necessity and possibility




In the context of modal logic, two key modalities that one wants to consider are those of necessity and possibility.

The idea is to consider for any proposition pp

  • a proposition labeled p\Box p expressing the idea that “pp is necessarily true”;

  • a proposition labeled p\lozenge p expressing the idea that “pp is possibly true”.

The S4 axioms

For every comonadic modality \Box, one typically demands that it preserves implication, in the sense that

(pq)(pq).\Box(p \to q) \to (\Box p \to \Box q).

This preservation of implication is called the K-axiom. In traditional non-categorical logic this is often all that is considered, because in traditional classical modal logic, the operators are considered dual, i.e. A=¬((¬A))\Box A= \neg (\lozenge (\neg A)). In an intuitionistic modal logic, one would also demand that \lozenge preserves implication in a suitable sense, such as

(pq)(pq).\Box(p\to q) \to (\lozenge p \to \lozenge q).

One may also ask for a further compatibility such as (pq)(pq)(\lozenge p \to \Box q) \to \Box(p\to q), as Simpson does.

Similarly, the axiom (pq)(pq)\Box(p \to q) \to (\Box p \to \Box q) implies that \Box preserves conjunctions, i.e. (pq)(pq)\Box(p\wedge q) \leftrightarrow (\Box p \wedge \Box q). The nullary version ()\Box(\top)\leftrightarrow \top follows from the “necessitation rule” which says that if pp is provable in the empty context, then so is p\Box p. (This is an additional rule assumed in modal logics.) From duality, A=¬((¬A))\Box A= \neg (\lozenge (\neg A)) it follows that \lozenge preserves disjunctions (both binary and nullary), while intuitionistically one may want to ask for this separately (Simpson does, but Biermann and de Paiva don’t).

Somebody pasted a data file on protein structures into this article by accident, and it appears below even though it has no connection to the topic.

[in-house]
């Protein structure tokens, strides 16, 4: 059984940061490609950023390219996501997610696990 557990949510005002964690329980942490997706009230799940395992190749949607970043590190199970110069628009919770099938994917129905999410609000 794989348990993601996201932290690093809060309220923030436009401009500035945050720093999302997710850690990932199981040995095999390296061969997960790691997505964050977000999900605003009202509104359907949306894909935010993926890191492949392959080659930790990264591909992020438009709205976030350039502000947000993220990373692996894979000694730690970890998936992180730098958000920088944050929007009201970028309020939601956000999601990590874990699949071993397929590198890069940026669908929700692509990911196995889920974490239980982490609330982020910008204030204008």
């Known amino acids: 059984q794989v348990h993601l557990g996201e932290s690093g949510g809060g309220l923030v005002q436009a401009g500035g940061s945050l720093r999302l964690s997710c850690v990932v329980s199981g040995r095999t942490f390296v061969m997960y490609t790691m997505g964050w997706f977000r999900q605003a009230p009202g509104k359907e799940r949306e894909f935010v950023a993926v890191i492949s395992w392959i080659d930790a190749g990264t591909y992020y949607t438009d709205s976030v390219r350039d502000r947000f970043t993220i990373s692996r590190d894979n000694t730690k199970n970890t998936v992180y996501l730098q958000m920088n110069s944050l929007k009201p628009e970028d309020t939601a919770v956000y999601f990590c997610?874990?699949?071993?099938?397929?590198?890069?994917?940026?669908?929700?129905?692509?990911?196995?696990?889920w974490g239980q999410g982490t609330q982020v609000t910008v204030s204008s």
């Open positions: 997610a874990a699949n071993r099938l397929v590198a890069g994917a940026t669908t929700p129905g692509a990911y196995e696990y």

A minimum further requirement on a formalization of \Box and \lozenge to have the interpretation of “necessity” and “possibility” is arguably that there are implications

  • pp\Box p \rightarrow p;

  • ppp \rightarrow \lozenge p,

expressing that if something is necessarily true, then that should mean that it is true in all instances, and that if something is true in one instance, then it is evidently possible for it to be true. With these additions to the above K modal logic, one speaks of T modal logic.

By similar plausibility arguments one often demands that

  • pp\Box p \to \Box \Box p

  • pp\lozenge \lozenge p \to \lozenge p

which may be read as expressing that iterating the previous reasoning does not yield any new insight. This additional enhancement to T modal logic yields S4 modal logic.

The generality of S4

In terms of categorical logic interpreting propositional logic into a Heyting algebra, the S4 axioms just say (Bierman & de Paiva 92) that